IF SHAKESPEARE can be done in modern dress and Greek tragedy can be served up as a gospel revival, why can't a classic European story ballet like "Giselle" be transplanted to the Louisiana bayou, circa 1841?

In this Creole "Giselle," the first full-length story ballet to be performed by the Dance Theater of Harlem, company founder and artistic director Arthur Mitchell has kept the choreography and tragic storyline intact. But his characters are free blacks who lived in and around antebellum New Orleans.

Set and costume designer Carl Michell's intensive research into the people and period can be seen in every aspect of the lavish production. The first act takes place at a farmhouse, complete with porch, picket fence and toolhouse, while the second unfolds in a misty bayou hung with Spanish moss. The coun folk harvest sugar cane, and the costumes are true to the plantation era.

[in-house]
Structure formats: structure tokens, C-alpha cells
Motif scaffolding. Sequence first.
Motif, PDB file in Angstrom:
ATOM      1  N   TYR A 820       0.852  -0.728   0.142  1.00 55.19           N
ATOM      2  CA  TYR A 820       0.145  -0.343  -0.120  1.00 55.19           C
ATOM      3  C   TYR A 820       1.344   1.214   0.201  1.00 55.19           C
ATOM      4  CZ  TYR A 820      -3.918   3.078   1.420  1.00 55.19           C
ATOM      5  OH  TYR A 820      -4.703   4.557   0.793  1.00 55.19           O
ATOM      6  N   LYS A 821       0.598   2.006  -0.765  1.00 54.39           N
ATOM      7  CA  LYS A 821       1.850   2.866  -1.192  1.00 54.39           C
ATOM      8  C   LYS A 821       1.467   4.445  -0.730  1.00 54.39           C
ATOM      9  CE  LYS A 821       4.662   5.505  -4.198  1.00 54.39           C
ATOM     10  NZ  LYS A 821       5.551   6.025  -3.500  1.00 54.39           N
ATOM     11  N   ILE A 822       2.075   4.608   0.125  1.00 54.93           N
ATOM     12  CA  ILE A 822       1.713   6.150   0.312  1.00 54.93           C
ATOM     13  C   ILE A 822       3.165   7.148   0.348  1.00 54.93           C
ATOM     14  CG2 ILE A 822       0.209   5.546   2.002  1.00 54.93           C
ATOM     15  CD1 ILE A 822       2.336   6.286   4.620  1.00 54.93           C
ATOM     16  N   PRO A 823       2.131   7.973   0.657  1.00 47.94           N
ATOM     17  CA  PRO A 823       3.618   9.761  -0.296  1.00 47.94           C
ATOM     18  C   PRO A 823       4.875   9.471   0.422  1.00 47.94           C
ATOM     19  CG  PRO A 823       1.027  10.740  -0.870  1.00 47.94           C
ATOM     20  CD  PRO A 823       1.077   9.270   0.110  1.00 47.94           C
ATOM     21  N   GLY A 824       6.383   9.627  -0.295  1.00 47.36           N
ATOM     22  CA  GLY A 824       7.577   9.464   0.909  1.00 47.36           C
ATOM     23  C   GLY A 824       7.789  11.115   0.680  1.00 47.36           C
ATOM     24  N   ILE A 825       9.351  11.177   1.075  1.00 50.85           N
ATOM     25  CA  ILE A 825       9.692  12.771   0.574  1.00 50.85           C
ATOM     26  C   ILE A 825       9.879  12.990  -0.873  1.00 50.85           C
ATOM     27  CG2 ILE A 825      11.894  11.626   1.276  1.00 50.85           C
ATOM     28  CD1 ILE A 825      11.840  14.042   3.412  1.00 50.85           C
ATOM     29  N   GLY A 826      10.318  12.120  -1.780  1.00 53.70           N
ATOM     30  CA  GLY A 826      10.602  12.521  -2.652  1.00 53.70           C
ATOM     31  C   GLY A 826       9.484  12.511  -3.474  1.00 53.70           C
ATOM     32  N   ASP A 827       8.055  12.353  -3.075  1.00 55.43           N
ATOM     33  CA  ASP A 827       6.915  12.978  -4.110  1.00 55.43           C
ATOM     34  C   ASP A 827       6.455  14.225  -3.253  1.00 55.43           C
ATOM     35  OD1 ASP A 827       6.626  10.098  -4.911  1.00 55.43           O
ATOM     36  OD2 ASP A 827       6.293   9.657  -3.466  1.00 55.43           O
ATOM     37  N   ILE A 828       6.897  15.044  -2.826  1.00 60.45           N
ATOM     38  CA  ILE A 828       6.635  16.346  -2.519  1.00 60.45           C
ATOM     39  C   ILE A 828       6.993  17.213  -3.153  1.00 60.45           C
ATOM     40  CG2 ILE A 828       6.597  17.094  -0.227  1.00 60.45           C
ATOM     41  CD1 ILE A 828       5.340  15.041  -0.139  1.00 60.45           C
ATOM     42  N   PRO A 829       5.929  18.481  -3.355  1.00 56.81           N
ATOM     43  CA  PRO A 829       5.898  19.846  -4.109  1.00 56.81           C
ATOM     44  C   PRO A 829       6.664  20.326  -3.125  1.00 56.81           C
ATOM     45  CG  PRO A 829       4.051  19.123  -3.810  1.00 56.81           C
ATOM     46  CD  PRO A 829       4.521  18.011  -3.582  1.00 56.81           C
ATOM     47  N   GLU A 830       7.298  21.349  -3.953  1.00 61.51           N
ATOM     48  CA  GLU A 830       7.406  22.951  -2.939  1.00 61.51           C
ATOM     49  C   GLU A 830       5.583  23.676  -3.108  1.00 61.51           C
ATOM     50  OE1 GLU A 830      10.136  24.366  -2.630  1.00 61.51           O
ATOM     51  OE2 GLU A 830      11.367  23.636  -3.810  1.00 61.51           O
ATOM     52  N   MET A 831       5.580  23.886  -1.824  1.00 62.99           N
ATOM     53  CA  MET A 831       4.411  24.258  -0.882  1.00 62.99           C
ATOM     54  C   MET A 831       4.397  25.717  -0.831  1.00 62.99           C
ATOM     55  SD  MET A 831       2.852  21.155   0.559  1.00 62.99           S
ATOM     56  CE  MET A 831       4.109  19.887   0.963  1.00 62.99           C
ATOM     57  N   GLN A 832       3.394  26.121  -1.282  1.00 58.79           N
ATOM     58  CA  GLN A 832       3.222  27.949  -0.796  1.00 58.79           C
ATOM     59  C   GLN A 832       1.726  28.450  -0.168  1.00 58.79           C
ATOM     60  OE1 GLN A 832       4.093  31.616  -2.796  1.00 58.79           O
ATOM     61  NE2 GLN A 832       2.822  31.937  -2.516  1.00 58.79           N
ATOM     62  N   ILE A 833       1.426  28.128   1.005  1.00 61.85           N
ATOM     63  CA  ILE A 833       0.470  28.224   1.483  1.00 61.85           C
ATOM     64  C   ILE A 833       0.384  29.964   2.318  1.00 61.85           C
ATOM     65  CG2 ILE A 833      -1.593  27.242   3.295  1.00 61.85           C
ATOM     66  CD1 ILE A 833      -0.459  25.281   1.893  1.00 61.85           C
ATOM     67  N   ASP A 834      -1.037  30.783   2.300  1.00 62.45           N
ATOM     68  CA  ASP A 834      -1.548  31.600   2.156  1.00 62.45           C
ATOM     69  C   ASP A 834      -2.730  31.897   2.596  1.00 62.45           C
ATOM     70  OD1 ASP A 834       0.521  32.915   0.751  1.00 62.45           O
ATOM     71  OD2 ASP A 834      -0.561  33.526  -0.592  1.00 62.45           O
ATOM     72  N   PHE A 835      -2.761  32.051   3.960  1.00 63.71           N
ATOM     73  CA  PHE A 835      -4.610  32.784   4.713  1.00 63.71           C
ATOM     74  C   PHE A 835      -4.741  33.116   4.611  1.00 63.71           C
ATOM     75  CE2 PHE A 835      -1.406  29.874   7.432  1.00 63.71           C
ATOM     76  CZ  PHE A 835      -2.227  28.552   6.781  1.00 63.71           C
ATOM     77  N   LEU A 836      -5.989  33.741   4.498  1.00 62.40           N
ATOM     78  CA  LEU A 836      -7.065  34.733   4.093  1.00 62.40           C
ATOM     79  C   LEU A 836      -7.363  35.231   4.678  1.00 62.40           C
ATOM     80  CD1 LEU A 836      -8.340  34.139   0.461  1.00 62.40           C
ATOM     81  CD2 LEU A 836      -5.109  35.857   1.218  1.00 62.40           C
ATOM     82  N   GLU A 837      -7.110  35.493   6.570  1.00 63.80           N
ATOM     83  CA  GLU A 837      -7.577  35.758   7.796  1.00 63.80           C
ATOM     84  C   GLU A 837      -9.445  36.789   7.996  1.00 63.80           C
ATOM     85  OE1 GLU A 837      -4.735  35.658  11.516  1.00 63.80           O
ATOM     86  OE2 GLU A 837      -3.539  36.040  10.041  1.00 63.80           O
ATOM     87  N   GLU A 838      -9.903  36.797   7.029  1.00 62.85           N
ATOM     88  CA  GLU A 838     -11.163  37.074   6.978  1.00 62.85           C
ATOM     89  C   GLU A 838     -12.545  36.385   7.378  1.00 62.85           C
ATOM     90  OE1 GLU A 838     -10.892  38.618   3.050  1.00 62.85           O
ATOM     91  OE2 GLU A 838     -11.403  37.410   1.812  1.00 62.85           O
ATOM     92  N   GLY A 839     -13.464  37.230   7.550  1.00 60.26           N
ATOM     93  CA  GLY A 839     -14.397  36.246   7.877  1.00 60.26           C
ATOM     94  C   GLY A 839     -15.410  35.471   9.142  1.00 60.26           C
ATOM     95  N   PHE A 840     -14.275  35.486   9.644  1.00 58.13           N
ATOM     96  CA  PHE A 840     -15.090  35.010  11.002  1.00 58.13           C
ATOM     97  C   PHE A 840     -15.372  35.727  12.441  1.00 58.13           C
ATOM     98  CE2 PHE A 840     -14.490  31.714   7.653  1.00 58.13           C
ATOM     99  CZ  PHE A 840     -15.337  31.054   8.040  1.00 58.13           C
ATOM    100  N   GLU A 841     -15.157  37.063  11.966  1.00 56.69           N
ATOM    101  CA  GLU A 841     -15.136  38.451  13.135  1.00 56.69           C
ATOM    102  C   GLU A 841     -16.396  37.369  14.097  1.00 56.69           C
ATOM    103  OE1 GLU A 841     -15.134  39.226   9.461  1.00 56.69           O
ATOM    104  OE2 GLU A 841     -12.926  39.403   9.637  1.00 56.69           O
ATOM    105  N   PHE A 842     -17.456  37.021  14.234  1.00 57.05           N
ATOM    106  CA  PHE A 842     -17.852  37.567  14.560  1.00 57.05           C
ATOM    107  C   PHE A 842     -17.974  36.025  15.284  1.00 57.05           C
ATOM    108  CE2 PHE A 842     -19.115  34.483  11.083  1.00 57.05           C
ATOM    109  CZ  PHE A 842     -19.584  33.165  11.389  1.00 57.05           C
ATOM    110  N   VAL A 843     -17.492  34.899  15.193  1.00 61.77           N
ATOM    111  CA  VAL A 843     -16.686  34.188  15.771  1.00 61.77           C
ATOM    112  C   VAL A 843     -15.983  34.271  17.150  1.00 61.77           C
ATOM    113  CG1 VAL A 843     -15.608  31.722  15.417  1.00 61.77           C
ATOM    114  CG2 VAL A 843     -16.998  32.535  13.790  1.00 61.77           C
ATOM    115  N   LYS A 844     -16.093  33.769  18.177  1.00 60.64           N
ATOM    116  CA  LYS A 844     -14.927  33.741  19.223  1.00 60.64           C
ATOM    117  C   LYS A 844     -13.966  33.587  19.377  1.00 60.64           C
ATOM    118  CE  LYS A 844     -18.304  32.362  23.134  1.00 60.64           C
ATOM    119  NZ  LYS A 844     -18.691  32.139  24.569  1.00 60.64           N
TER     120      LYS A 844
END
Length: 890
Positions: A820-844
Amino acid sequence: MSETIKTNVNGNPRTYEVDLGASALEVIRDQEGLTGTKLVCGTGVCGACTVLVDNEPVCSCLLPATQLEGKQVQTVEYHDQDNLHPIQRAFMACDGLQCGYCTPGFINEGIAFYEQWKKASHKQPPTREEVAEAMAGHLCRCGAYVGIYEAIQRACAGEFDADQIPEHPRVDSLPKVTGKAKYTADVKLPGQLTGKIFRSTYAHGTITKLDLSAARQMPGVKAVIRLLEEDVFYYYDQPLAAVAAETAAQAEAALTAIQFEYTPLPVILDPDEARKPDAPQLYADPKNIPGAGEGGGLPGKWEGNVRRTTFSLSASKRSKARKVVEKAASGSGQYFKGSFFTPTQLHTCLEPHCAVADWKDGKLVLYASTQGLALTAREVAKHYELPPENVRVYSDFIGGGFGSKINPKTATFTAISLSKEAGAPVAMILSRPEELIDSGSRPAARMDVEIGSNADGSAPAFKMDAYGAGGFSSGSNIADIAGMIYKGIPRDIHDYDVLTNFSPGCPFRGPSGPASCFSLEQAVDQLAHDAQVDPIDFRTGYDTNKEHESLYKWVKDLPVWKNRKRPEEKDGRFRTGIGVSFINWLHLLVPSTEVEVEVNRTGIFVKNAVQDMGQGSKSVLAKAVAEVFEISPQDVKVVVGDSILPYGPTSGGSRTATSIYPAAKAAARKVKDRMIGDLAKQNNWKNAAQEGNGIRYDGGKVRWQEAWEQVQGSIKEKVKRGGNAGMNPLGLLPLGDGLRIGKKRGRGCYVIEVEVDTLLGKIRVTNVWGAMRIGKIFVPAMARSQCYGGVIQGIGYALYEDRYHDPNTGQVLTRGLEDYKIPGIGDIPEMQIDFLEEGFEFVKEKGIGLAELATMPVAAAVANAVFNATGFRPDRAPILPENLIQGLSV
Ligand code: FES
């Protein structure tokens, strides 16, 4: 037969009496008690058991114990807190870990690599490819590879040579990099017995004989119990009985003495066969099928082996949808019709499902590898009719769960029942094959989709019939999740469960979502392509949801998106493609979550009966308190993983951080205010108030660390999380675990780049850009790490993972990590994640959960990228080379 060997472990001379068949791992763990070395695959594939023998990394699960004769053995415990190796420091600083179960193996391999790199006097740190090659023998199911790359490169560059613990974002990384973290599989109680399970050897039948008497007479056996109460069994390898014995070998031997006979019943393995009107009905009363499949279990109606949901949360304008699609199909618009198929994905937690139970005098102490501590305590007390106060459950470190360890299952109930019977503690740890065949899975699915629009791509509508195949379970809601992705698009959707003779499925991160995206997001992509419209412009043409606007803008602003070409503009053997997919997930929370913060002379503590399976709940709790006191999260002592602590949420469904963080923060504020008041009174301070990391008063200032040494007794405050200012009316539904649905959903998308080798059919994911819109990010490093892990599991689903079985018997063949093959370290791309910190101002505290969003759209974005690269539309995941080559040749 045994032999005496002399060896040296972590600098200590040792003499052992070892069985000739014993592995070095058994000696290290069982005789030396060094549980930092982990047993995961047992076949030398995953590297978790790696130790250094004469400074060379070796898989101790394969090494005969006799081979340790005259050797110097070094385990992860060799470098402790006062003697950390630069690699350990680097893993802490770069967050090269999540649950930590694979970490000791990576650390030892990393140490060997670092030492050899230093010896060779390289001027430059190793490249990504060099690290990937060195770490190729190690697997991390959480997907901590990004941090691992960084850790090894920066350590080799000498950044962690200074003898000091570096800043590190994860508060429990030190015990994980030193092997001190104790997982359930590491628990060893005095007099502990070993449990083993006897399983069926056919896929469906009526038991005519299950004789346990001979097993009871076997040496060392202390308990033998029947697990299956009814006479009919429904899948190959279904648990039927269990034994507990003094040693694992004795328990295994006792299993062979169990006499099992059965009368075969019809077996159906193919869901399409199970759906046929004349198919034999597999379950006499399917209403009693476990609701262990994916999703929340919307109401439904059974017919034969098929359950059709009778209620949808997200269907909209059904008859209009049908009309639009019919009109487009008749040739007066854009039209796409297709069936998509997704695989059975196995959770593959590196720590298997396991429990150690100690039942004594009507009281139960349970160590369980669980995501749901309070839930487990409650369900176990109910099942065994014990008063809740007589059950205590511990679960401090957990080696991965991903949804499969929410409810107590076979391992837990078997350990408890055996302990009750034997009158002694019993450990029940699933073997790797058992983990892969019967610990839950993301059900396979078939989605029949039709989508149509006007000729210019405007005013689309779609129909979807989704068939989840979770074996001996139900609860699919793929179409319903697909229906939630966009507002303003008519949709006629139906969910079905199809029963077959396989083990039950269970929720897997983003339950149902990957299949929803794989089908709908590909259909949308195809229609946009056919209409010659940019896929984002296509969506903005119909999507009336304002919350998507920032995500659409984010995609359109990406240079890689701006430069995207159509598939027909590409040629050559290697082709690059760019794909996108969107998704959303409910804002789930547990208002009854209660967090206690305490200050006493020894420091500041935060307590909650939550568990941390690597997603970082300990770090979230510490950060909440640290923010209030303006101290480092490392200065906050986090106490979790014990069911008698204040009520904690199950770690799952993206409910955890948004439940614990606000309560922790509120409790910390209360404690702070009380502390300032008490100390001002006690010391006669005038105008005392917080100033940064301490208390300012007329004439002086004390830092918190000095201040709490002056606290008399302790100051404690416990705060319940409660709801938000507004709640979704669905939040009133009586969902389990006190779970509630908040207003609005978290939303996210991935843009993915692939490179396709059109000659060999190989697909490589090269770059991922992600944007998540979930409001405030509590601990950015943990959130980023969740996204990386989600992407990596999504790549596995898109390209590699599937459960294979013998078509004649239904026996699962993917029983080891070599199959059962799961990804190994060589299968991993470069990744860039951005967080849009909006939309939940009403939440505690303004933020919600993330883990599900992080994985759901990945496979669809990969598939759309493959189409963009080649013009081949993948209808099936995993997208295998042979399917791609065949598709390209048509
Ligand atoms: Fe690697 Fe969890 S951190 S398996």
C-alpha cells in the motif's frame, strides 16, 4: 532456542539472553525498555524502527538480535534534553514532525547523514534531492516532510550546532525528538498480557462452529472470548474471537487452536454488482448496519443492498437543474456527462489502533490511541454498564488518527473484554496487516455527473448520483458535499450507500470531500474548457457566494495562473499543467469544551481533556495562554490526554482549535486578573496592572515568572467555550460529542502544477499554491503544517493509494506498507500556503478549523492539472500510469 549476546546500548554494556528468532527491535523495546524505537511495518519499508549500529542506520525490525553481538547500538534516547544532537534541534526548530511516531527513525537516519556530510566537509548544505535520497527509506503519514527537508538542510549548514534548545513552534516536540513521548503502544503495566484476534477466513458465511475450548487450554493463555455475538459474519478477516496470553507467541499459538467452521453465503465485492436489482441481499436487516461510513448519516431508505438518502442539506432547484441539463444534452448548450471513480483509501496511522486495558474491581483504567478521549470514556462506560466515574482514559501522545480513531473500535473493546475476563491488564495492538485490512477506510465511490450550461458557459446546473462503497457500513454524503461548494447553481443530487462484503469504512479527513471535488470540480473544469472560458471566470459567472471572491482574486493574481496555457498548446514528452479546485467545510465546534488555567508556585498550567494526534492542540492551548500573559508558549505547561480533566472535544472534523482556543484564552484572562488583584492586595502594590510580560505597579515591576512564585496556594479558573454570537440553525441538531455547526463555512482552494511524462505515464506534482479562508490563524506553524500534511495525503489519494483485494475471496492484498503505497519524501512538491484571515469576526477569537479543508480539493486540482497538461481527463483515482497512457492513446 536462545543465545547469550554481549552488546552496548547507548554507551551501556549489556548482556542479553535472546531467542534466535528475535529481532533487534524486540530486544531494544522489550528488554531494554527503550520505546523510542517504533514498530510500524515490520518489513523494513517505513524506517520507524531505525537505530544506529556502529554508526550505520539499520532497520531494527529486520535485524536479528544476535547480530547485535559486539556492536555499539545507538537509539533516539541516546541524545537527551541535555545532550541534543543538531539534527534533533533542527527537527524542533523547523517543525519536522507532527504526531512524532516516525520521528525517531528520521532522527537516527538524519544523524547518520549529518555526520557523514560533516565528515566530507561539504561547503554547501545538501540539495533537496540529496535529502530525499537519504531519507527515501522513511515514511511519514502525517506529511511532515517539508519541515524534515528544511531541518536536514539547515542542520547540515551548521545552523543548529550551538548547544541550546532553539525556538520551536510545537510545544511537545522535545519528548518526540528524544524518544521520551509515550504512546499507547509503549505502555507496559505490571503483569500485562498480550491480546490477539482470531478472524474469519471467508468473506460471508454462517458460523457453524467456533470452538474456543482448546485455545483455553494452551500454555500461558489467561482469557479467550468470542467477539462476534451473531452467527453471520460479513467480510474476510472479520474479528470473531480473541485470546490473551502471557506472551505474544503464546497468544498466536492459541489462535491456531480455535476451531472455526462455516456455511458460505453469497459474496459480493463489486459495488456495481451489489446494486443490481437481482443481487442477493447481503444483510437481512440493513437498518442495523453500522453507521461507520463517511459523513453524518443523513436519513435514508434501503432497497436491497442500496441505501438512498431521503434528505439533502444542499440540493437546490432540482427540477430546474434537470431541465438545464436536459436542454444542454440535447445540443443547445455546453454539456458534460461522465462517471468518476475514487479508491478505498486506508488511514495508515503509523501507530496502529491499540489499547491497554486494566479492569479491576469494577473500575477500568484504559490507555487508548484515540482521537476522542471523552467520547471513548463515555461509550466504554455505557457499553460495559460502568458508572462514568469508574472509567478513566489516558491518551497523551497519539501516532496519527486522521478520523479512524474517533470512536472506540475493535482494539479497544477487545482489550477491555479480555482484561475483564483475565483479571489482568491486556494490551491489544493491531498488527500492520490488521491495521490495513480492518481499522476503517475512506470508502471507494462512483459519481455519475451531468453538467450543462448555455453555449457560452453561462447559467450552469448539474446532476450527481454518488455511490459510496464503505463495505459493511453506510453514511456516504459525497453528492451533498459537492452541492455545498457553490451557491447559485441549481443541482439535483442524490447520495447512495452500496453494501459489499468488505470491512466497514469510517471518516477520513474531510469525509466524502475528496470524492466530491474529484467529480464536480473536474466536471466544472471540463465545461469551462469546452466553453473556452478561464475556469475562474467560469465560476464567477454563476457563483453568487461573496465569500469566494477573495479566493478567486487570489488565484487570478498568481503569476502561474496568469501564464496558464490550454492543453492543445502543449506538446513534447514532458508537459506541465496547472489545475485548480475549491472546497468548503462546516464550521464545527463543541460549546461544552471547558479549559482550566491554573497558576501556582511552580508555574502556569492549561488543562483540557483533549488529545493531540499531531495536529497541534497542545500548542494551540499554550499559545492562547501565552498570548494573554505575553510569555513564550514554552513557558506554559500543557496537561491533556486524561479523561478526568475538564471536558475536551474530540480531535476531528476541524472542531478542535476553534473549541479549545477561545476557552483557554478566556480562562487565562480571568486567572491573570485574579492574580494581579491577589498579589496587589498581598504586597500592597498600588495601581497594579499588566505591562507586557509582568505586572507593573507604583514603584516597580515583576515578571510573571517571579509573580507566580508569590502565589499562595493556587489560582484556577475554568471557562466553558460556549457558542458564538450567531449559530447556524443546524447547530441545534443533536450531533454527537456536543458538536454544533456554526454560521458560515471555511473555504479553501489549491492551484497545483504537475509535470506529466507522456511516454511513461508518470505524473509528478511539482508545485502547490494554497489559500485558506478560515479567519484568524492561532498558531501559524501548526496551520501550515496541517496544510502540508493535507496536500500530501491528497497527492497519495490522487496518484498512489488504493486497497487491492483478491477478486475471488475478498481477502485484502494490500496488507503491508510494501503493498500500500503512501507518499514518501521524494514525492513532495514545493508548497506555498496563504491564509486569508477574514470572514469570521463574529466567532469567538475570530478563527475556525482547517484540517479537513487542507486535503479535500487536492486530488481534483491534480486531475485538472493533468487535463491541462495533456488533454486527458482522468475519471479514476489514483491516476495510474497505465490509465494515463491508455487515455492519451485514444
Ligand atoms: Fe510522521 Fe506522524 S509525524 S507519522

In addition to the company's nouveau "Giselle," it will perform such favorites as "Troy Game," Robert North's ode to macho athleticism; John Taras' "Firebird," an exotic spectacle aided immensely by Geoffrey Holder's smashing costumes; George Balanchine's "Serenade," a landmark ballet of mystery and serenity; Holder's voodoo-inspired "Banda"; and the Washington premiere of Glen Tetley's abstract "Voluntaries."

DANCE THEATER OF HARLEM -- Friday at 8 (mixed bill), Saturday at 2 (mixed bill) and 8 (Giselle), Sunday at 1:30 (Giselle) and 7:30 (mixed bill), Kennedy Center Opera House.